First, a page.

Thoughts on Digital Convergence

Written by: Adam Christianson

Categories: Editorial

The MacCast always seems to get me thinking. This time, Adam, you got me thinking more and more about the topic of Digital Convergence. There are so many things going on in this area right now, I thought I’d share with you some of my observations.

The impact of the following issues are nothing less than dramatic . . .

  • Professional music and video is now competing with amateur music and video (the democratization of content).
  • New devices are being introduced daily that can support all different kinds of media.
  • People don’t have any more TIME to spend on content/media absorption
  • than they already do today (most important).

  • Viewing habits of an attention-span challenged generation are kicking in (people want shorter bursts of content).
  • VOIP is now ubiquitious and PC video chat applications actually work.

Traditional media, brick and mortar retail stores, service providers, and new network-based services are all hardening for battle. The consequences of this battle will be severe and permanent.

How are things changing? Let’s look at some examples . . .
Many frequent travellers and just about anyone who is mobile has realized that they can take their media with them. Not just on their physical devices like iPods, but by leveraging easy access to media anywhere there’s a network connection. Look at the success of devices like the slingbox – people now have true location independence and can literally stream their own personal media where ever they are. A traveller, instead of watching a pay-per-view movie or other show on a hotel television, might download a movie or a missed episode of a favorite TV show from iTunes. That’s one less pay-per-view movie sold in a hotel and perhaps a few less shows watched on traditional network TV (where an individual is no longer exposed to advertising).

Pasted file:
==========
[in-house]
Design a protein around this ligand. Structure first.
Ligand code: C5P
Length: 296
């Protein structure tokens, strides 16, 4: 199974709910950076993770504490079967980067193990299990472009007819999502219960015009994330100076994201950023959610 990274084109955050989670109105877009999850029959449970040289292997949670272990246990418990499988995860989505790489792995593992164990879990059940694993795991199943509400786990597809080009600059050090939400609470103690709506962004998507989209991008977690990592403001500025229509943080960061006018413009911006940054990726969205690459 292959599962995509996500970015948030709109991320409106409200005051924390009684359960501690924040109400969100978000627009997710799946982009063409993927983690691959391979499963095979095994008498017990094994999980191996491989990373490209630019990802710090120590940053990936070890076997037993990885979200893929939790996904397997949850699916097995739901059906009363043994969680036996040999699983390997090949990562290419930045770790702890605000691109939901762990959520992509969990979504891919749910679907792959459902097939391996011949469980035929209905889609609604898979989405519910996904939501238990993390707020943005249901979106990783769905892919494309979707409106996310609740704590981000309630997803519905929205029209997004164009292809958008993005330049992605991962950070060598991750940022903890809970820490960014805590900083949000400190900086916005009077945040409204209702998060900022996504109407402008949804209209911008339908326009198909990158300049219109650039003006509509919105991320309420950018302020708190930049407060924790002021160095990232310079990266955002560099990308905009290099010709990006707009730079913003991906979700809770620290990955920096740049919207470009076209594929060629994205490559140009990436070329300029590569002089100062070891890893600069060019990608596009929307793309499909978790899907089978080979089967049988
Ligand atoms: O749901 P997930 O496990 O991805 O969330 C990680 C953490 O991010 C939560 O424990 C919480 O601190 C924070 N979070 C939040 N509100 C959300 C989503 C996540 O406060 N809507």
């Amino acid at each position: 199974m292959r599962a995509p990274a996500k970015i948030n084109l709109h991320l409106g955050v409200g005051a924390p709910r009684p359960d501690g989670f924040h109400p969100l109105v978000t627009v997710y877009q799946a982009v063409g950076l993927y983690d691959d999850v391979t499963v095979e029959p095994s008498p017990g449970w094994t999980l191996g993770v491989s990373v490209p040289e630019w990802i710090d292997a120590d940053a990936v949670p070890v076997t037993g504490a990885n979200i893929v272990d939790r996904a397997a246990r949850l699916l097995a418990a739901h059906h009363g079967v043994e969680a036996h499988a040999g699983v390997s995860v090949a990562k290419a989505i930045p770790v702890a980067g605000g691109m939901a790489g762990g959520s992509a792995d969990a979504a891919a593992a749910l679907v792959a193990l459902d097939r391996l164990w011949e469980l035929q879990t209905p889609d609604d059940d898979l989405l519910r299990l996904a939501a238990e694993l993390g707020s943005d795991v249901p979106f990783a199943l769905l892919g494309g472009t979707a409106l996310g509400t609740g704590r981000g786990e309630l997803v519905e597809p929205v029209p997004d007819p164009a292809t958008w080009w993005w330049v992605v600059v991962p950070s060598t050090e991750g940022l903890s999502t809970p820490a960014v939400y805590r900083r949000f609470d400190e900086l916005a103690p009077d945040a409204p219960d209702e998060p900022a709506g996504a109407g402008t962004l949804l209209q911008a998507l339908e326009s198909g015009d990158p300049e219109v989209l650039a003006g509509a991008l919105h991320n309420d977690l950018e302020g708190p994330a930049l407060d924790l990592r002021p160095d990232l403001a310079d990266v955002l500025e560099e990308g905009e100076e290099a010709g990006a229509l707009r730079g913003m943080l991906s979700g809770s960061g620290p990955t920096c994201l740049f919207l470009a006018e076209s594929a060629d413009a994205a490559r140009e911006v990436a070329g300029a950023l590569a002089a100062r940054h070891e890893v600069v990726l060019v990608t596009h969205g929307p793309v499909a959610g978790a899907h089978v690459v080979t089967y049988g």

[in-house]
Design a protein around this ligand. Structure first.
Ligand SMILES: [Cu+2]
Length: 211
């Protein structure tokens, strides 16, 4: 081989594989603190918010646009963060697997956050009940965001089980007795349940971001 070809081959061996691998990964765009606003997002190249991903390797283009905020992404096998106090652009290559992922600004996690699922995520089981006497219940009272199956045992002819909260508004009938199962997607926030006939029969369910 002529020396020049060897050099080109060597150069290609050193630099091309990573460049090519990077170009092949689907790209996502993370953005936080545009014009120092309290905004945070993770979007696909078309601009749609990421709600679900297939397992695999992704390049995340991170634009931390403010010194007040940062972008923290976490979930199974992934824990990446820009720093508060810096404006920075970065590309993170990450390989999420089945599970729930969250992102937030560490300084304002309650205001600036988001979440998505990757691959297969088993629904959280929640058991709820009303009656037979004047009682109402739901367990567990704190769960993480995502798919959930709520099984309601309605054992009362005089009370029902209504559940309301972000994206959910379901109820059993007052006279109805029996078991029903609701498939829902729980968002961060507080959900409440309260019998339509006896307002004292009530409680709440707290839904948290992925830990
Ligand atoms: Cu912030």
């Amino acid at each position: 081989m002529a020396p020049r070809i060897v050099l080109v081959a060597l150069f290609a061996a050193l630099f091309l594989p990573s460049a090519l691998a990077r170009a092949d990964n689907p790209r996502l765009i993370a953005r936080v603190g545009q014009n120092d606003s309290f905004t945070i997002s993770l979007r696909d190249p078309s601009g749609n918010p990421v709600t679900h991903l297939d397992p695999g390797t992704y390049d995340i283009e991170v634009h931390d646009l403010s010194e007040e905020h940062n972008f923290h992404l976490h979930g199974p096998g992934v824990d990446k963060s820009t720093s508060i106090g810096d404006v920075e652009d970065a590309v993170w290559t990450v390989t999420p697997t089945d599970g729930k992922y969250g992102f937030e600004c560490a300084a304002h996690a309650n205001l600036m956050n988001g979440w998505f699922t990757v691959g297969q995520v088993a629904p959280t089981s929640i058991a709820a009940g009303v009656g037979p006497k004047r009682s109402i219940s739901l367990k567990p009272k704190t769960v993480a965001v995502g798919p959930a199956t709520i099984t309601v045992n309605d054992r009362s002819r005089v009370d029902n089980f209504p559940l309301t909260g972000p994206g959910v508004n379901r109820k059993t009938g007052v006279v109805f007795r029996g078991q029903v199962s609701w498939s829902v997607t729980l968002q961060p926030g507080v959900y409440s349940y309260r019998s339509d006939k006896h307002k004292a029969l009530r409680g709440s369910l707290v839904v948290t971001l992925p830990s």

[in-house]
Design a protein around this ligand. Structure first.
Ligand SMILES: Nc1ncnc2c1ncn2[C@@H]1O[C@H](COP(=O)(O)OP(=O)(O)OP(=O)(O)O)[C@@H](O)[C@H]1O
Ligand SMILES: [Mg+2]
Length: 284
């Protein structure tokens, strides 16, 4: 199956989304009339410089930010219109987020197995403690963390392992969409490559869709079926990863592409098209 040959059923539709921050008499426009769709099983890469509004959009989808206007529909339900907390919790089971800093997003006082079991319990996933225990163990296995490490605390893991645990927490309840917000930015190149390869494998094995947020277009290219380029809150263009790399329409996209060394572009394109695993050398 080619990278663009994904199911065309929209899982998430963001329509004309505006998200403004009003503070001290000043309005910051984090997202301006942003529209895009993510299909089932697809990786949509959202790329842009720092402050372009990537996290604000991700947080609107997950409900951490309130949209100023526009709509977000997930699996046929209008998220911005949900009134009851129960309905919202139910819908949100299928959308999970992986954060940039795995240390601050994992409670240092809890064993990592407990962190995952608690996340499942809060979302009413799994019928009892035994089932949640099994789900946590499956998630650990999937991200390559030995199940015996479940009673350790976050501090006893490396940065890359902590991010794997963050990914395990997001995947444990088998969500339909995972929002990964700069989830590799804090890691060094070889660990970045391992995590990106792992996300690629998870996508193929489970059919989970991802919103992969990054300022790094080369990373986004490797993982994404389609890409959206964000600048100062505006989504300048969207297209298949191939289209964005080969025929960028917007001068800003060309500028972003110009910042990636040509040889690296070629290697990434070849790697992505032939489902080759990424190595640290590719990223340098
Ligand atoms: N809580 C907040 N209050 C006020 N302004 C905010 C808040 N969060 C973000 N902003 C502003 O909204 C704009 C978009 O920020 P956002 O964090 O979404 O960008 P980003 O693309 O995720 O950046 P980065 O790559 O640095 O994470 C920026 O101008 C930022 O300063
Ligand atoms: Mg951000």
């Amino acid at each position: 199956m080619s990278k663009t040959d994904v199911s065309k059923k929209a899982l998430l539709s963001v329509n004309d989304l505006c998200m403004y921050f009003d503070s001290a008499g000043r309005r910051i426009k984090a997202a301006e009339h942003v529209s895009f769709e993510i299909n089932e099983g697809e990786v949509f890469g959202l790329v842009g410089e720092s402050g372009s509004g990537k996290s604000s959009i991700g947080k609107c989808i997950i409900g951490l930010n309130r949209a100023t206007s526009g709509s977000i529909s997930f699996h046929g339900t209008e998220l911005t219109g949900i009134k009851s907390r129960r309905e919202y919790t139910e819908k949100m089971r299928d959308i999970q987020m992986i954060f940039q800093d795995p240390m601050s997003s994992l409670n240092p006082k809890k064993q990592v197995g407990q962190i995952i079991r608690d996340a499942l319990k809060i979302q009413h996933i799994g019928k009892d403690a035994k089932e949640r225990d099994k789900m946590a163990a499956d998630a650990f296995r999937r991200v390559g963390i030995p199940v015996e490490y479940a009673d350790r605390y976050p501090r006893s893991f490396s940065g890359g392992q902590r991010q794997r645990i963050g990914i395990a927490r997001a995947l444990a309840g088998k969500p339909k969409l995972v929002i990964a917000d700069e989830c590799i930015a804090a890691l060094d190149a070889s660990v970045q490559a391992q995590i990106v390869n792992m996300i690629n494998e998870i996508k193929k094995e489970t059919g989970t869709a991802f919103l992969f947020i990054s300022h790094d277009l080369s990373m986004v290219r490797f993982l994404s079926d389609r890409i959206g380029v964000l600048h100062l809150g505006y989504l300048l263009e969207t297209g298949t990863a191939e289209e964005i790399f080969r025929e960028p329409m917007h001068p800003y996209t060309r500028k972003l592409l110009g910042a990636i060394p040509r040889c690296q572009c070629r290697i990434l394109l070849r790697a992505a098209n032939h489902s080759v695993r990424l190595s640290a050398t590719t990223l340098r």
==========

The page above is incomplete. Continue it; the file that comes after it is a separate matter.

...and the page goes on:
Services like YOUTUBE and iTunes are competing more and more with traditional content and delivery mechanisms. Networks are starting to feel the pain and are offering clips and shorts of their most popular segments to try and retain audiences. You will find most people starting to split their time among all these different sources of content (including, of course, The MacCast). And, this content revolution is centering on the mobile computing platform.

To the point . . .
What I find that people most often fail to realize is that this is that all these shifts result in a ZERO-SUM GAME. It’s no wonder that it’s got everyone scrambling – there are real dollars at stake. When you move to a different form of content or a different delivery vehicle, you often don’t go back. In the early days of the Internet FEDEX started moving customers to “self-service” on the web – it was instantaneous, it was open 24 hours a day, and it was extremely convenient (accessible right from your keyboard). How many people who starting using the web-based tracking tool do you think went back to calling on the phone? Virtually no one…